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What the data show on striking down Roe

The Supreme Court has spoken: Abortion is no longer a constitutional right. This permits states to be the ultimate arbiter of abortion, creating a red and blue collage of abortion access across the nation. 

Putting aside for the moment the moral, ethical and religious debates surrounding abortion, what does the data say that can help guide us as we move forward from this decision? Like all laws and policies, there are certain to be unintended consequences. 

Trends: The number of reported legal abortions in the United States peaked in 1990 at around 1.6 million, according to the Guttmacher Institute. Since that time, the annual numbers have steadily declined, reaching a low of around 900,000 in 2018. The abortion rate (abortions per 100,000 women of childbearing age) has followed a similar downward trajectory. It remains to be seen how overturning Roe v. Wade will change this. 

Comparisons: To place the number of reported legal abortions in perspective (930,160 in 2020), it is more than the number of deaths attributed to heart disease (696,962) and cancer (602,350). This places it as an event that significantly ends a large number of potential lives. However, this is an unfair comparison since it is impossible to capture the lives that would have been lost if abortions were not accessible.

Responses: When Roe v. Wade became law in 1973, the number of abortions reported in the United States approximately doubled over the following seven years. In contrast, over the past three decades, there has been a steady and persistent decline in such numbers. Whether this is due to more restrictions imposed by states, which does not appear to be a primary factorbetter access to and education on birth control or people simply being less sexually active, the abortion numbers reported have dropped to levels last reported in the mid 1970s. Moreover, given the larger population, the abortion rate is now below the rate when Roe v. Wade became law. 

What the data does not reveal is how many such abortions also saved people’s lives. In particular, a pregnancy may be life-threatening to a woman. In such a case, a decision may need to be made as to whether to save the mother’s life or save the child’s life. Who is most qualified to make such a decision? No matter what the decision, a life would be lost.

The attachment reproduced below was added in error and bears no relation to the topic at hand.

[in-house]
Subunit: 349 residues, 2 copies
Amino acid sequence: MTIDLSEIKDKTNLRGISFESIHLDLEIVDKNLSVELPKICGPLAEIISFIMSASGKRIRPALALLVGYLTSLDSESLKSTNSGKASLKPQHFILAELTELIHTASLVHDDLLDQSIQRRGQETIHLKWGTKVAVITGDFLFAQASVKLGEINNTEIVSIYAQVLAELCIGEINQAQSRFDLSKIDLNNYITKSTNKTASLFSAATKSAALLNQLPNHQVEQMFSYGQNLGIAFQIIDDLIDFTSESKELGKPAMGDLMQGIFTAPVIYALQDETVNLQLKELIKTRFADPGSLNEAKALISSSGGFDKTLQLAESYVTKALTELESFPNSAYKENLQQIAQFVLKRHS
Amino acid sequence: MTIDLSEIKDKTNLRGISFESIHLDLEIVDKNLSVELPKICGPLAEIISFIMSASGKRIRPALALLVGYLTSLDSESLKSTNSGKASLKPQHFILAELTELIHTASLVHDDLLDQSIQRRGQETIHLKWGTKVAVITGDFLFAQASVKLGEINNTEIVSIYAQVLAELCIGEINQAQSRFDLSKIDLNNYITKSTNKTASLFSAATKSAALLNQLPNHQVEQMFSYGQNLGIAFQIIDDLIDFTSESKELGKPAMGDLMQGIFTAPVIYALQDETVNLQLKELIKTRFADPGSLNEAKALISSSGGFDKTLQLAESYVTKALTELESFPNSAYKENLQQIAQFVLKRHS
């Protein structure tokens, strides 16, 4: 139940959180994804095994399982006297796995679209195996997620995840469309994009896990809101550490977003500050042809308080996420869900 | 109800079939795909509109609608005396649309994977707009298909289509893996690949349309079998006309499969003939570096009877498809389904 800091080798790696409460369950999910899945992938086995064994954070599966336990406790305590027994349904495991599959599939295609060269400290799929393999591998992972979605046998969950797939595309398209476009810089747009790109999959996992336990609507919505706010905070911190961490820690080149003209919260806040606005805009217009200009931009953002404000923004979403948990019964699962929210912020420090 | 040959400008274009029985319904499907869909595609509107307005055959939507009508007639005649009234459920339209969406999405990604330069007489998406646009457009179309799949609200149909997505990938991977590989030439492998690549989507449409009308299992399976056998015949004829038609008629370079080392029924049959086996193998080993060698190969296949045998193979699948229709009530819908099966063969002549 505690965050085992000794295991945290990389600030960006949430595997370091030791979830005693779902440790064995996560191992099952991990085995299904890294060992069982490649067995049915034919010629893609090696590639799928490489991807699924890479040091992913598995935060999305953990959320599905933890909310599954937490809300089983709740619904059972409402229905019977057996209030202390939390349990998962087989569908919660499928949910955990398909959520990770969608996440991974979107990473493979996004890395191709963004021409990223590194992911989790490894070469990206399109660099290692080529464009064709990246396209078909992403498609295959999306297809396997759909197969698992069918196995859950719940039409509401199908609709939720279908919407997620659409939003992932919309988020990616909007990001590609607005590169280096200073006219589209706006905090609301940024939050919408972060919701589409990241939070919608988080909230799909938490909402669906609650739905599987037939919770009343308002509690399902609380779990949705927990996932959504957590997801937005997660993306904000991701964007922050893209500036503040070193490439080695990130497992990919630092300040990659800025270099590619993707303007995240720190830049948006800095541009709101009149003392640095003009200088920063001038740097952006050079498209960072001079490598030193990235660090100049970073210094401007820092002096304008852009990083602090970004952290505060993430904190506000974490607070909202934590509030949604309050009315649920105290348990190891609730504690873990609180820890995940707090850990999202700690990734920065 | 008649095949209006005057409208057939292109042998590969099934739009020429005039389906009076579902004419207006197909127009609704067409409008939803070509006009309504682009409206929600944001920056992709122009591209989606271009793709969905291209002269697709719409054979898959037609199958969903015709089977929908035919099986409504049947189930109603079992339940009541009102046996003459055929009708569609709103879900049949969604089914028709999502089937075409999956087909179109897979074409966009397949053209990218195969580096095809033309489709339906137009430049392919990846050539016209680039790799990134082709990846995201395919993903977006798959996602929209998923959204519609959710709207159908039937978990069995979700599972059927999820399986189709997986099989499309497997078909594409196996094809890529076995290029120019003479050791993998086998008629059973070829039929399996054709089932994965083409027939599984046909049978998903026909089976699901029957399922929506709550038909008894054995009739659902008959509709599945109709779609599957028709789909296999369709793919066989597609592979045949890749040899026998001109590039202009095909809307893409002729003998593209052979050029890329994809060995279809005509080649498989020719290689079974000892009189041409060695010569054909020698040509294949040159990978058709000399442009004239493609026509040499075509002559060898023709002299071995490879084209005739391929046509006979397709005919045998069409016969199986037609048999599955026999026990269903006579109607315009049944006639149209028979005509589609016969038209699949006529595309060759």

Several states have “trigger laws,” that will either immediately ban abortions or ban them after a short delay now that the right recognized via Roe v. Wade has ended. This means that people with scheduled abortions in the very near future in such states may find themselves unable to gain access. Will this lead to unintended deleterious consequences for such women? 

The number of births in the U.S. has hovered around 4 million per year since 1990, which translates into a shrinking birth rate, given the growing population. This also means that the ratio of abortions to births has fallen, although this trend reversed itself in 2020, with fewer births and more abortions

The takeaway from the Supreme Court decision is that its full ramifications will not be felt or observed for many years, if not a decade or more. Kneejerk reactions to such a viscerally charged issue may do more harm than good. 

The data discussed provides just a snapshot of insights. The nation when Roe v. Wade was enacted was very different than the nation today. This is why setting laws and policies to ensure the safety and well-being of everyone are so difficult.  

Sheldon H. Jacobson, Ph.D., is a professor in Computer Science and the Carle Illinois College of Medicine at the University of Illinois Urbana-Champaign. A data scientist, he applies his expertise in data-driven risk-based decision-making to evaluate and inform public policy.

Tags Abortion abortion access anti-abortion Health care pro-choice Public health Reproductive health Roe v. Wade SCOTUS Sheldon H. Jacobson Supreme Court

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